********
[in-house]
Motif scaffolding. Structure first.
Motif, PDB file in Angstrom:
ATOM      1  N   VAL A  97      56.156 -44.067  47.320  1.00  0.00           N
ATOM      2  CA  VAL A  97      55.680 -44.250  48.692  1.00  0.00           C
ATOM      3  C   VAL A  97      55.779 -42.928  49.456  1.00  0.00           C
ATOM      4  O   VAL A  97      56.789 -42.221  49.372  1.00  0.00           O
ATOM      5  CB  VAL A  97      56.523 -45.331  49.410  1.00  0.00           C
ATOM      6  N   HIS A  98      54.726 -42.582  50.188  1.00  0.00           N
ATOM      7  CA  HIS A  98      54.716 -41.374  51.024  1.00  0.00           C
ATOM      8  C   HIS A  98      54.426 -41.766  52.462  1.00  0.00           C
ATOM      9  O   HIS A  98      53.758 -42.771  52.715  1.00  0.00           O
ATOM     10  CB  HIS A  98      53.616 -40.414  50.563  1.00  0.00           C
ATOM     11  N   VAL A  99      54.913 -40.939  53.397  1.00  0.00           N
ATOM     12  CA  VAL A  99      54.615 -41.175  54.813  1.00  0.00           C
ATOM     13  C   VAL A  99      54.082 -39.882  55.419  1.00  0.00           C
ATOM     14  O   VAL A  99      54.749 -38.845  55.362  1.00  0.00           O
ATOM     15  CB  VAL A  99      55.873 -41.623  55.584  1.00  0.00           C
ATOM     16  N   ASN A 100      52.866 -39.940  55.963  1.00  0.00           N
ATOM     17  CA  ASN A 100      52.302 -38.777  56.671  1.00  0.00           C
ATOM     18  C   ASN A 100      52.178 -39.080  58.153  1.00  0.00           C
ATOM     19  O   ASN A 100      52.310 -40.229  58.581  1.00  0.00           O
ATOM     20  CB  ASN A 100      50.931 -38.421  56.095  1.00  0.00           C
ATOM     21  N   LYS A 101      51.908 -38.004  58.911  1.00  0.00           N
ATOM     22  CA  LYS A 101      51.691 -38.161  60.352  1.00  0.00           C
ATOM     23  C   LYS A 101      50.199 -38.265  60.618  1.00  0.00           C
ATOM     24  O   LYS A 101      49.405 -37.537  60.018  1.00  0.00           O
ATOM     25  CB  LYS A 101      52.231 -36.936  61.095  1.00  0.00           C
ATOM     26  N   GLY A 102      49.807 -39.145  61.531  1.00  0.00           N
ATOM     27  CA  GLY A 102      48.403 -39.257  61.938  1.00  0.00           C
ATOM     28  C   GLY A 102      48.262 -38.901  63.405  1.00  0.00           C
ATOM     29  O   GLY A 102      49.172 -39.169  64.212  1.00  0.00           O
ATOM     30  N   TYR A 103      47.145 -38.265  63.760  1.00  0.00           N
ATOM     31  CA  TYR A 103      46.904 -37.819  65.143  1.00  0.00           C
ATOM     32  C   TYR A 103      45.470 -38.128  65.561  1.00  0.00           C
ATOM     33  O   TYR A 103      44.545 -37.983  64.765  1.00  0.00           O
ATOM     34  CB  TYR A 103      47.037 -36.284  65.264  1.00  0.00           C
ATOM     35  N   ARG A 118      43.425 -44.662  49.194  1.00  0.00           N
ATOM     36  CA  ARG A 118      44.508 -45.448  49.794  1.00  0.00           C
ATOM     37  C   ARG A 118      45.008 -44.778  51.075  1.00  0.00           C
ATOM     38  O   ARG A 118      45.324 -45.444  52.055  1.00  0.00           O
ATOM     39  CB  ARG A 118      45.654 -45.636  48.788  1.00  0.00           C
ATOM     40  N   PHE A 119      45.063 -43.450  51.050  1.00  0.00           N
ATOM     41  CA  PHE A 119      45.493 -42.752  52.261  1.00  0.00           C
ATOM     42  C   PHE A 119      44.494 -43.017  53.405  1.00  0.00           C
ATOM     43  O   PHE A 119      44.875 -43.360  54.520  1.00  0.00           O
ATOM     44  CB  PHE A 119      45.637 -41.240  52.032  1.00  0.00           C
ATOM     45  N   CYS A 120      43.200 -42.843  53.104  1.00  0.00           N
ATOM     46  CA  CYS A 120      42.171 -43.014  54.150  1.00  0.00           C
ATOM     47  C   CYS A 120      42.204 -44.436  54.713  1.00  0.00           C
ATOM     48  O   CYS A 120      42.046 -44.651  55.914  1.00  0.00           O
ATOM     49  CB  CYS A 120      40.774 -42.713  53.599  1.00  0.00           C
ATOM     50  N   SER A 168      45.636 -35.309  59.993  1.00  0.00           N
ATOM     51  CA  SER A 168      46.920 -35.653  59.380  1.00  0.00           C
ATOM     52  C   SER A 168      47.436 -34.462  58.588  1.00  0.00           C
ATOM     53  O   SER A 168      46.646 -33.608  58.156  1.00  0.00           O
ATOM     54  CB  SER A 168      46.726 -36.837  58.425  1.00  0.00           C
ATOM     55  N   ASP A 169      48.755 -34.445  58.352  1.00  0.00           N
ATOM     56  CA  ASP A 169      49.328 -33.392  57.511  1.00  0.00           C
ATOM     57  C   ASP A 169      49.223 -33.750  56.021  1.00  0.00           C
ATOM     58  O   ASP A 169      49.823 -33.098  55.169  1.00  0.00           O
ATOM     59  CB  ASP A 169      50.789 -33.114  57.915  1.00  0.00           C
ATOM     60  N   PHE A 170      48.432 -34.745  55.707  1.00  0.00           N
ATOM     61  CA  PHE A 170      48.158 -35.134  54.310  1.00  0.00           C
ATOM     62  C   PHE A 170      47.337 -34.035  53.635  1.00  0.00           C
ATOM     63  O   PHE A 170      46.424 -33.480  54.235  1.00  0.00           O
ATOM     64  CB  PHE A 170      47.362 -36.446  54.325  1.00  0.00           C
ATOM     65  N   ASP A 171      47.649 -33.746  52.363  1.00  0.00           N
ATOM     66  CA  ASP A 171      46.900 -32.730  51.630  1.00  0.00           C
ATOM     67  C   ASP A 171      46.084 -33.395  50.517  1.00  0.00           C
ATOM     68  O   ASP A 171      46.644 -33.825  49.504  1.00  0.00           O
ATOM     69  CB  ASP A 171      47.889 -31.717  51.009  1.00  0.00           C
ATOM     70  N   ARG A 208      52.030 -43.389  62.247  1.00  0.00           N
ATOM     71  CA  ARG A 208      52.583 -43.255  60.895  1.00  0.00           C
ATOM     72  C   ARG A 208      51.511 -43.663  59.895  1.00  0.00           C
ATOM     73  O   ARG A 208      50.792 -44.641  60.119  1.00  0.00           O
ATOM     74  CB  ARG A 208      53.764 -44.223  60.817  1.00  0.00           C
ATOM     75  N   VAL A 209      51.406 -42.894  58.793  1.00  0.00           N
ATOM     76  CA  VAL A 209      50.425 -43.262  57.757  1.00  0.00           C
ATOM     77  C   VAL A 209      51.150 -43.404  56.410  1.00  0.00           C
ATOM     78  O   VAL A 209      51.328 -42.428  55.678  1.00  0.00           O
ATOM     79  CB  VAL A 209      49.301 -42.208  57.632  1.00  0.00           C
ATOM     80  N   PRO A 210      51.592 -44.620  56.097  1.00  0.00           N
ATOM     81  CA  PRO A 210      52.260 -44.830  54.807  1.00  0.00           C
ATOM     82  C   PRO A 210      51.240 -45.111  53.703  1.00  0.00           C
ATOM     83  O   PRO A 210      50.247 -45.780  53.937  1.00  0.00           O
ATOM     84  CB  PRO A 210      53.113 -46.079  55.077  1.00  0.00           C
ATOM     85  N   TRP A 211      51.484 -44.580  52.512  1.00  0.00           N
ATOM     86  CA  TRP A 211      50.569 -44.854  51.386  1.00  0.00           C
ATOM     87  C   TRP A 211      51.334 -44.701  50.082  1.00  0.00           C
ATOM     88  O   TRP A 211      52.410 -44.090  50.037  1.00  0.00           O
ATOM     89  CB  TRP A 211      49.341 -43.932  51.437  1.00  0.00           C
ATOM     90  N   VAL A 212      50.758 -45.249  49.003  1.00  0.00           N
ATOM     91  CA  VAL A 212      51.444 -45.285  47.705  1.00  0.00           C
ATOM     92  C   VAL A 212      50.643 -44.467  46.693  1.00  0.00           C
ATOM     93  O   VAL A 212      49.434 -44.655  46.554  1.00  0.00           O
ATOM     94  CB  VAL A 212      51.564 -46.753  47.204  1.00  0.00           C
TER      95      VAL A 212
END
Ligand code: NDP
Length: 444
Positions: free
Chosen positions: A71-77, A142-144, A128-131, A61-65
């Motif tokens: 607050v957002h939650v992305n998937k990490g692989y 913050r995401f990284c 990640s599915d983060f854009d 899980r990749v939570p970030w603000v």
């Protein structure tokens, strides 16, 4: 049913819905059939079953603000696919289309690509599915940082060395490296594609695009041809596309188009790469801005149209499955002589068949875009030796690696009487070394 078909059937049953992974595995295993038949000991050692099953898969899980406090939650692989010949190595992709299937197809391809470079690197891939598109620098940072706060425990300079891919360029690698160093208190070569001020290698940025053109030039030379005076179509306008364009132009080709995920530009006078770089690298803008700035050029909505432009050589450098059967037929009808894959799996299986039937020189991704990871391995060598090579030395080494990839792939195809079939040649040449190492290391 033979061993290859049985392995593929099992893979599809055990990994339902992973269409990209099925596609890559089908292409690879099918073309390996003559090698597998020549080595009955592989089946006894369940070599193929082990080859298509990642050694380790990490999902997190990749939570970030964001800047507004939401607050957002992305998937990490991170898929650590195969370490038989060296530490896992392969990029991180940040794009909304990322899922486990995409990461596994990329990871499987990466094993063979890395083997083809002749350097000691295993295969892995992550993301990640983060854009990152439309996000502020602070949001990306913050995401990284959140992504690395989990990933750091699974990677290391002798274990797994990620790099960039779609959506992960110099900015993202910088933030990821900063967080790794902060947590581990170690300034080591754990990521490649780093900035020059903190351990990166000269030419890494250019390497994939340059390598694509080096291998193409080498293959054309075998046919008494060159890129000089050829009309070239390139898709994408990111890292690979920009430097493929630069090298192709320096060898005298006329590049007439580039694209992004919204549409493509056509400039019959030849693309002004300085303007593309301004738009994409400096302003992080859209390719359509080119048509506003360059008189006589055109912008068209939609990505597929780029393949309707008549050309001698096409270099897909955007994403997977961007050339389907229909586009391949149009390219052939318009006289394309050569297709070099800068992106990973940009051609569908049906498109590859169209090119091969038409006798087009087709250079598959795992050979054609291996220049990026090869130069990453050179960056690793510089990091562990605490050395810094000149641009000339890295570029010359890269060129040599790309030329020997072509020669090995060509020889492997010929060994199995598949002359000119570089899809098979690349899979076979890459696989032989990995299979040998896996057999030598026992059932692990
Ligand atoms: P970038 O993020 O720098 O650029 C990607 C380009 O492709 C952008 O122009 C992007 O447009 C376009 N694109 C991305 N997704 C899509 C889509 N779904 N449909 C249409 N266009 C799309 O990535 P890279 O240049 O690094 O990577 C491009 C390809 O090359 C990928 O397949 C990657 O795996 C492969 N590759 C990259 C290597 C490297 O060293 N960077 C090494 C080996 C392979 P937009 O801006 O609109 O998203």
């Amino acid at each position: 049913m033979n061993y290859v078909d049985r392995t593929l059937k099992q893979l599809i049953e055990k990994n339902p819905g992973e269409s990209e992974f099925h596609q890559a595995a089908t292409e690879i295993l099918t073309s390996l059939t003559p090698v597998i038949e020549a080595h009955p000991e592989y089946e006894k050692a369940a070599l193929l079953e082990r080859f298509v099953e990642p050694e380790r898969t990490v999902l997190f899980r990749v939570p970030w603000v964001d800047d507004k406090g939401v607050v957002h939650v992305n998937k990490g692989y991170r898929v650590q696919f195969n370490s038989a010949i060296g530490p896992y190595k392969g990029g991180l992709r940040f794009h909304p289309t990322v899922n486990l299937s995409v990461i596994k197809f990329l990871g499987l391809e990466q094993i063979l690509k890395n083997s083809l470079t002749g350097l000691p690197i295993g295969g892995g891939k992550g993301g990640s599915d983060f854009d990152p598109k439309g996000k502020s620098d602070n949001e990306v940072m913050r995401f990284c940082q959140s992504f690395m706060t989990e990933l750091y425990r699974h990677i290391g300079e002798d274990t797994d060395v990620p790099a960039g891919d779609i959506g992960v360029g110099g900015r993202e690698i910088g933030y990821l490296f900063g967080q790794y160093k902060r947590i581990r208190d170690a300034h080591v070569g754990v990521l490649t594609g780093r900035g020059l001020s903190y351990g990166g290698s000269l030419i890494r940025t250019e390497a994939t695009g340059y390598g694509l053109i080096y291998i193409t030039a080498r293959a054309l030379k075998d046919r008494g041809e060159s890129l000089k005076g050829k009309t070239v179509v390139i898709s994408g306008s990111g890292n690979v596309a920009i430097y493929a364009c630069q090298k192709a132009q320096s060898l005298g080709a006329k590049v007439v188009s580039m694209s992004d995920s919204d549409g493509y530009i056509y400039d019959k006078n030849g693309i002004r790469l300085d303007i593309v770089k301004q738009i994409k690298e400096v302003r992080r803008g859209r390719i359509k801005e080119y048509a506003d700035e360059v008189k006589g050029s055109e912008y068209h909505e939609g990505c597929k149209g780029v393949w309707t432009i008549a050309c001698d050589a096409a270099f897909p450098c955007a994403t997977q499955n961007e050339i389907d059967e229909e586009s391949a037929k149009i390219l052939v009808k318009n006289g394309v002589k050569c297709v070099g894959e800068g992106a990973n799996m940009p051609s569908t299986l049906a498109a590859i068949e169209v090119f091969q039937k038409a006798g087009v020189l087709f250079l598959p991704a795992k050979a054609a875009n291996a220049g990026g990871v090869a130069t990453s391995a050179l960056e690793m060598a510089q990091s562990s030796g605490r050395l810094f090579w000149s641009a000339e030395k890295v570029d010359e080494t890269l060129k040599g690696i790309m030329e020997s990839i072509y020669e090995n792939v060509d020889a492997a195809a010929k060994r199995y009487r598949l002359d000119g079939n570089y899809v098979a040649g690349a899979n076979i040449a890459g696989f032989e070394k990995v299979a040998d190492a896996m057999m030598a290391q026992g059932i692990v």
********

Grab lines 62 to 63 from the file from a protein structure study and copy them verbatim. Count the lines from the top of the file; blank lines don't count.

ATOM     59  CB  ASP A 169      50.789 -33.114  57.915  1.00  0.00           C
ATOM     60  N   PHE A 170      48.432 -34.745  55.707  1.00  0.00           N